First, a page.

What’s Really in Juul E Cigarettes?
Juul, the fruit-flavored e-cigarettes that have rapidly soared in popularity with consumers are now raising safety concerns among medical professionals. One study found that teens who used Juul e-cigarettes had higher levels of a probable carcinogen called acrylonitrile in their urine. According to a Bloomberg news report, these discreet e-cigarettes that look like USB flash drives are the most popular among teens. Teens interviewed by Bloomberg say these devices are becoming more and more ubiquitous on campus.
Juul first hit the market in mid-2015. Now, e-cigarette use among teens has exploded. The Centers for Disease Control (CDC) is expected to report this year that the number of teens in high school who were using an e-cigarette in 2018 is roughly 3 million, up more than 75 percent since last year’s National Youth Tobacco Survey conducted by the CDC. Juul has absolutely dominated the rapidly expanding e-cigarette market with more than 74 percent market share.
In September, the Food and Drug Administration (FDA) announced a crackdown on e-cigarette companies giving Juul and four other e-cigarette manufacturers 60 days to present their plans to prevent youth access to these devices, or face regulatory consequences. A CDC survey from 2017 showed that 46.7 percent of kids who had tried an e-cigarette had never tried a traditional cigarette before. But what is most concerning about Juul e-cigarettes is that very little is known about what’s in these products.
Harmful Chemicals Found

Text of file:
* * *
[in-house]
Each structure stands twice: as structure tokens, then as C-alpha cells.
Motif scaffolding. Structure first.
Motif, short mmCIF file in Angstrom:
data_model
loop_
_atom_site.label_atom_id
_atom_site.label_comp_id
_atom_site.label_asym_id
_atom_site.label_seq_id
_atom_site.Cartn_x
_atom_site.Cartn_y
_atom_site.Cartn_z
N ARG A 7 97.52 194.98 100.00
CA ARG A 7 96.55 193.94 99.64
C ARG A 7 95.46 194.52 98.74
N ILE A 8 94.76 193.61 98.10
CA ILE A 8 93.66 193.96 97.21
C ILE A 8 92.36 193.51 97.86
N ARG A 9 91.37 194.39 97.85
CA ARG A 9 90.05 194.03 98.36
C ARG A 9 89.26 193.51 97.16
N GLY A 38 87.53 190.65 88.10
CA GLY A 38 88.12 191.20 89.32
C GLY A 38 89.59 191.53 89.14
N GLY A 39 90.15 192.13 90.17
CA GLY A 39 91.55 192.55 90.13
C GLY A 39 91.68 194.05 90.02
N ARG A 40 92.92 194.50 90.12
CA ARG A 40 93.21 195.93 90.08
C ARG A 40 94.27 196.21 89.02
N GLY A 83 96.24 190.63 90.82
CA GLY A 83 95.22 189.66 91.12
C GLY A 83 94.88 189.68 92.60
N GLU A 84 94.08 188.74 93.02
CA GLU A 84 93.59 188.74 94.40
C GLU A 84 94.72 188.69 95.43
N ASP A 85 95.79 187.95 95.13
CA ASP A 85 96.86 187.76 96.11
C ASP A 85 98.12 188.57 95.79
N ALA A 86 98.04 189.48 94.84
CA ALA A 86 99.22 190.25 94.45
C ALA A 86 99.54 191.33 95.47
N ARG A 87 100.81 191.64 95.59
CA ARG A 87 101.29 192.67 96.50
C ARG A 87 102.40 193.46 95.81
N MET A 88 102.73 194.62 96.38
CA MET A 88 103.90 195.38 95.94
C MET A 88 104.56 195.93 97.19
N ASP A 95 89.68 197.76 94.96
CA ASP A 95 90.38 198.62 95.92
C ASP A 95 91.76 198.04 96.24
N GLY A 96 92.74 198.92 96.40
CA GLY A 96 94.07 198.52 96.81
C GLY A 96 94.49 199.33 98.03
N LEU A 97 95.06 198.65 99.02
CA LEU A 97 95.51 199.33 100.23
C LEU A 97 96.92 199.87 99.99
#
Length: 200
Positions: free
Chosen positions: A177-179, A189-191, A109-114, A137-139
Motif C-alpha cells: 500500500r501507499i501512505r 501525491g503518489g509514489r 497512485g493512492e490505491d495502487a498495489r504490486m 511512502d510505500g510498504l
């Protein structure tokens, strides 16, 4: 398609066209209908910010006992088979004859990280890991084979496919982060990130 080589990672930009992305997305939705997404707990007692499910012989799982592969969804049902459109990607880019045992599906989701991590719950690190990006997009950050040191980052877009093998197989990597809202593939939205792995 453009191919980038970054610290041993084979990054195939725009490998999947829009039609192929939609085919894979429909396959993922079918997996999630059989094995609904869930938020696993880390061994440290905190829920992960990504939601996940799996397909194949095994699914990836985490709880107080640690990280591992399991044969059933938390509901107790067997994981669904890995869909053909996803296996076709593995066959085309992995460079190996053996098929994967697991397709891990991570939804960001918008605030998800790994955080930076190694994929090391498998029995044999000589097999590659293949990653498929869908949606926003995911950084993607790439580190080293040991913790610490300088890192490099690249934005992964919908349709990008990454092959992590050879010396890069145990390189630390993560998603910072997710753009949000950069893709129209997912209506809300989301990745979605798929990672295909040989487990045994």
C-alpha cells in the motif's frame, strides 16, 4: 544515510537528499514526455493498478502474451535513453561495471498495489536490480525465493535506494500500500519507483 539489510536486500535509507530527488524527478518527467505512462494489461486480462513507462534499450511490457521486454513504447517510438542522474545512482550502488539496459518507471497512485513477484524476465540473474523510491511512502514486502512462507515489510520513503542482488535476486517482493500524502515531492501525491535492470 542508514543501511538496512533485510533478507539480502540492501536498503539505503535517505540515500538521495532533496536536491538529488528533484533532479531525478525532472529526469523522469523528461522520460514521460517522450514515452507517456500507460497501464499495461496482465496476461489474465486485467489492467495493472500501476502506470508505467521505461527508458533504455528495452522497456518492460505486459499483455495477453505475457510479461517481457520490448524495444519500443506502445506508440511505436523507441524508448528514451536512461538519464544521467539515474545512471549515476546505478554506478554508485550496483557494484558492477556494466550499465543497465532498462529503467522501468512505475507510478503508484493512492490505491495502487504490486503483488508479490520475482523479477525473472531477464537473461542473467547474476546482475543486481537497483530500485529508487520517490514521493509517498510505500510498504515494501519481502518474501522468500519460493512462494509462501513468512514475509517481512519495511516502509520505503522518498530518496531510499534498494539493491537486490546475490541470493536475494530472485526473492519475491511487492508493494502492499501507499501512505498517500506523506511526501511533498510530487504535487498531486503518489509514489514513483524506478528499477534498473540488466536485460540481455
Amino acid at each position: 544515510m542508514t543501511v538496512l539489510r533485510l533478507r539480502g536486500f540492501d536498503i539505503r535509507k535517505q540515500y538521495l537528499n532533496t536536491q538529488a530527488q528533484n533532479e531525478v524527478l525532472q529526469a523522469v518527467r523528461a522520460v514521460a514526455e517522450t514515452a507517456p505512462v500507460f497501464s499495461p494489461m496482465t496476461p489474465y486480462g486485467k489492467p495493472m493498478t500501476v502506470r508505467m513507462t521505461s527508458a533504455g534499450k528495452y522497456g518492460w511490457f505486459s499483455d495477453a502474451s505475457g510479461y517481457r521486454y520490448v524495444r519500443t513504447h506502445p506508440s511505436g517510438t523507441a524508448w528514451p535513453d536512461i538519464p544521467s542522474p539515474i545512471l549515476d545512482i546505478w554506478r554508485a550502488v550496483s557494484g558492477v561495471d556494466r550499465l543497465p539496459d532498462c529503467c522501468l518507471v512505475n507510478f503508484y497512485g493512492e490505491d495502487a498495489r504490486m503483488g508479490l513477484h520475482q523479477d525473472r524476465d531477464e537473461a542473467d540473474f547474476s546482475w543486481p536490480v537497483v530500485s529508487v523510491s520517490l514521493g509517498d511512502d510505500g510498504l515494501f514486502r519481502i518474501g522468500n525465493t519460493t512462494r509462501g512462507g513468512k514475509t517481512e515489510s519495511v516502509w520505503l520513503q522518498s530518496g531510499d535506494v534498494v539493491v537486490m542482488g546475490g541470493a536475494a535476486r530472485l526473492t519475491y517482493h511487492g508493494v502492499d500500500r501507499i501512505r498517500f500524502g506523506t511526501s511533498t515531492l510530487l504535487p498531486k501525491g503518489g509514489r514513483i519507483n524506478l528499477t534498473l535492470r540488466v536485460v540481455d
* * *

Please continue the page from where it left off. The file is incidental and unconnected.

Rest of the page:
The Teen Vaping Study, launched by researchers at the University of California, San Francisco, found that teens who used Juul and other e-cigarettes had significantly higher levels of five chemicals in their urine than teens who did not use e-cigarettes or regular cigarettes. The five main chemicals that they found are shown to be cancer causing or thought to be cancer causing, either in humans or animals.
The same study also found that teens who reported using fruit-flavored e-cigarettes had significantly higher levels of acrylonitrile in their urine than teens who use other flavors. Acrylonitrile is classified by the EPA as a “probable human carcinogen.” Researchers also found that the fruit flavors actually produce more toxins than other flavors. The FDA has singled out e-cig flavoring as one of the drivers behind youth usage of the products.
The Need for Regulation
Our product defect lawyers have seen a number of cases where e-cigarettes have harmed young people’s health. There is also the danger of exploding e-cigarettes that leave individuals with serious burn injuries. It is about time federal agencies crack down on these rogue manufacturers and pass stringent regulations to prevent them from marketing and selling these products to our youth.